The European Centre for Disease Prevention and Control (ECDC) have reported that, since January 2019, five European countries have reported salmonellosis infections linked to the consumption of sesame-based products, such as tahini and halva, that have been imported from Syria.
As of 14 October 2021, 121 cases with six different serotypes have been reported across Denmark, Germany, the Netherlands, Norway and Sweden, these serotypes being Salmonella Amsterdam, Salmonella Havana, Salmonella Mbandaka, Salmonella Kintambo, Salmonella Orion and Salmonella Senftenberg. Almost half of the cases are in children under ten years of age, who also represent over half of hospitalised cases.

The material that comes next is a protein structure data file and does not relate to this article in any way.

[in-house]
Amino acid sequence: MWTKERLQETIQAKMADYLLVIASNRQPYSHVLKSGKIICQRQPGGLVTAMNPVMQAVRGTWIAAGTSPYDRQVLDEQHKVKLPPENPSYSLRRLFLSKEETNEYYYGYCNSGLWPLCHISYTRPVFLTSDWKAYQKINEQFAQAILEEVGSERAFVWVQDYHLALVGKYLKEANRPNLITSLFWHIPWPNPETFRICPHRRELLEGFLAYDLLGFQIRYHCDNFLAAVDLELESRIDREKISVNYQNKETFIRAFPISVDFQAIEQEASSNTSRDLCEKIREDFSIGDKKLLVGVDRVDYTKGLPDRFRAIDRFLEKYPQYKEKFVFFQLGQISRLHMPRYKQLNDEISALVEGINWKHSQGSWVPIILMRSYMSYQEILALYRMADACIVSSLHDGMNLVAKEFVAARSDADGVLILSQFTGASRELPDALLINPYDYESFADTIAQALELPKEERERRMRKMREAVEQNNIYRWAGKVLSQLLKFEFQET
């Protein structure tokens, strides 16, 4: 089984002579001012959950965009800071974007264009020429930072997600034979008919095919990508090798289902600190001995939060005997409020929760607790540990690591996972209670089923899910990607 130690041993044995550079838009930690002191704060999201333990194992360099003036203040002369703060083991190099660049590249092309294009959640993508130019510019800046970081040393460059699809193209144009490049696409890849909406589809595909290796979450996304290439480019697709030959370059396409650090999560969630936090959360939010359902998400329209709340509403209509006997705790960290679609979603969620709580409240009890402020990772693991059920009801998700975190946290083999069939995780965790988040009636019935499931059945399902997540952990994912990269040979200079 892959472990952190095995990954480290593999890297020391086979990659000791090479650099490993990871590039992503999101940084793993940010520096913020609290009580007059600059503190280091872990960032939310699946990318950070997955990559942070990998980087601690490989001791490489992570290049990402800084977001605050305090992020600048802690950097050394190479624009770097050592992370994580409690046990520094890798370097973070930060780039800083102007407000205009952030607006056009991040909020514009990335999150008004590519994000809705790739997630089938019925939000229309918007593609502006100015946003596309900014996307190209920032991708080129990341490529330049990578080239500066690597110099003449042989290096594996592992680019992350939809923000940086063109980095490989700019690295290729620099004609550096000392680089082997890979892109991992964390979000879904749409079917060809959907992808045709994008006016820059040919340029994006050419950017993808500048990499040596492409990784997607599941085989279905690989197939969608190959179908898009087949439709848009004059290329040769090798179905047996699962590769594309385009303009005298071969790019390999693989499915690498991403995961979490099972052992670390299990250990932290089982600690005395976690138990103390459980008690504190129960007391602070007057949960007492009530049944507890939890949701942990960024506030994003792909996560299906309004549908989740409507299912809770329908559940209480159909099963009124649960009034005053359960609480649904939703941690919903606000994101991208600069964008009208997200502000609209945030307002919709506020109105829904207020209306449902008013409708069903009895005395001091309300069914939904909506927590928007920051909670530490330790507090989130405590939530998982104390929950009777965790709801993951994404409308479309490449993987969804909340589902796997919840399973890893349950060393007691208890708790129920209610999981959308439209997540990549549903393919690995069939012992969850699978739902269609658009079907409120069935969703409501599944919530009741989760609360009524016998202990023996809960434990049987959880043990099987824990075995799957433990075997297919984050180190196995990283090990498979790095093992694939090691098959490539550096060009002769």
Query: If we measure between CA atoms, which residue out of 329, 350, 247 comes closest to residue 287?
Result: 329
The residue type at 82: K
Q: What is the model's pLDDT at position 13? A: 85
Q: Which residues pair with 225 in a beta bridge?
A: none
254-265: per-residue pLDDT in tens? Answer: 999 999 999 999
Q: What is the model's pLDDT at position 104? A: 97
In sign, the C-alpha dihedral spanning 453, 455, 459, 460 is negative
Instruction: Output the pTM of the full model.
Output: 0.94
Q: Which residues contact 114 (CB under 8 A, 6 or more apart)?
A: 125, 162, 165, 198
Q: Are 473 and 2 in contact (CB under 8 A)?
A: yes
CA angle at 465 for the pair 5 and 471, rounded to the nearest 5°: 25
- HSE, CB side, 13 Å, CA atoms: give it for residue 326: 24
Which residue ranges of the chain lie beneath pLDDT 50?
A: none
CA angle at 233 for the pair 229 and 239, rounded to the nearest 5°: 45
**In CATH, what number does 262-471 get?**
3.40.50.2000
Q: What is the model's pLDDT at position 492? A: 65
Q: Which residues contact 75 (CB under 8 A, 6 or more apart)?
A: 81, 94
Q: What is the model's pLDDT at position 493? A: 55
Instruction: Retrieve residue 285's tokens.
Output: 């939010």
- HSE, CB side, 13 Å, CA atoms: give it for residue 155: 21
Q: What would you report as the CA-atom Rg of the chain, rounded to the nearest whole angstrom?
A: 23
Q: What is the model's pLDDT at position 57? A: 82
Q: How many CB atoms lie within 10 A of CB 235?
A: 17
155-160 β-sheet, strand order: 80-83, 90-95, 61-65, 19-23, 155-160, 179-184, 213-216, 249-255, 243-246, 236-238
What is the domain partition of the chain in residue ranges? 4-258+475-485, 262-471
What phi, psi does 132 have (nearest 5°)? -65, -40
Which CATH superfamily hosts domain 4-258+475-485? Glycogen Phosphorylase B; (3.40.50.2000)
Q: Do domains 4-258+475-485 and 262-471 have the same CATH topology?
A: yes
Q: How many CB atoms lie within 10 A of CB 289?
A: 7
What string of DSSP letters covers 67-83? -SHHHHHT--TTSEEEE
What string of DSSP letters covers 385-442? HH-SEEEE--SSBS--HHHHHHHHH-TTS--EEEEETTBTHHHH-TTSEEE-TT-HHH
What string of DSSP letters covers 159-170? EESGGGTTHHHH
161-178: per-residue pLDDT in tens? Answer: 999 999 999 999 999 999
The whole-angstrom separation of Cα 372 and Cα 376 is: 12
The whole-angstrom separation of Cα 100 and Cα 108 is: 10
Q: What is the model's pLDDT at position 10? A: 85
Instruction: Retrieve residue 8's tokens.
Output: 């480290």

The ECDC report that the sesame products were sealed and ready to be consumed, suggesting that contamination occurred before the products reached the EU and EEA markets. Control measures implemented since August 2020 on the involved batches of sesame-based products have not prevented the occurrence of human cases to date. Moreover, the concerned products have a long shelf life and might still be stored in people’s homes. The ECDC and the European Food Safety Authority (EFSA) conclude that there is still a risk of new Salmonella infections related to these products.
Sources: ECDC, 14 October 2021 and EFSA, 14 October 2021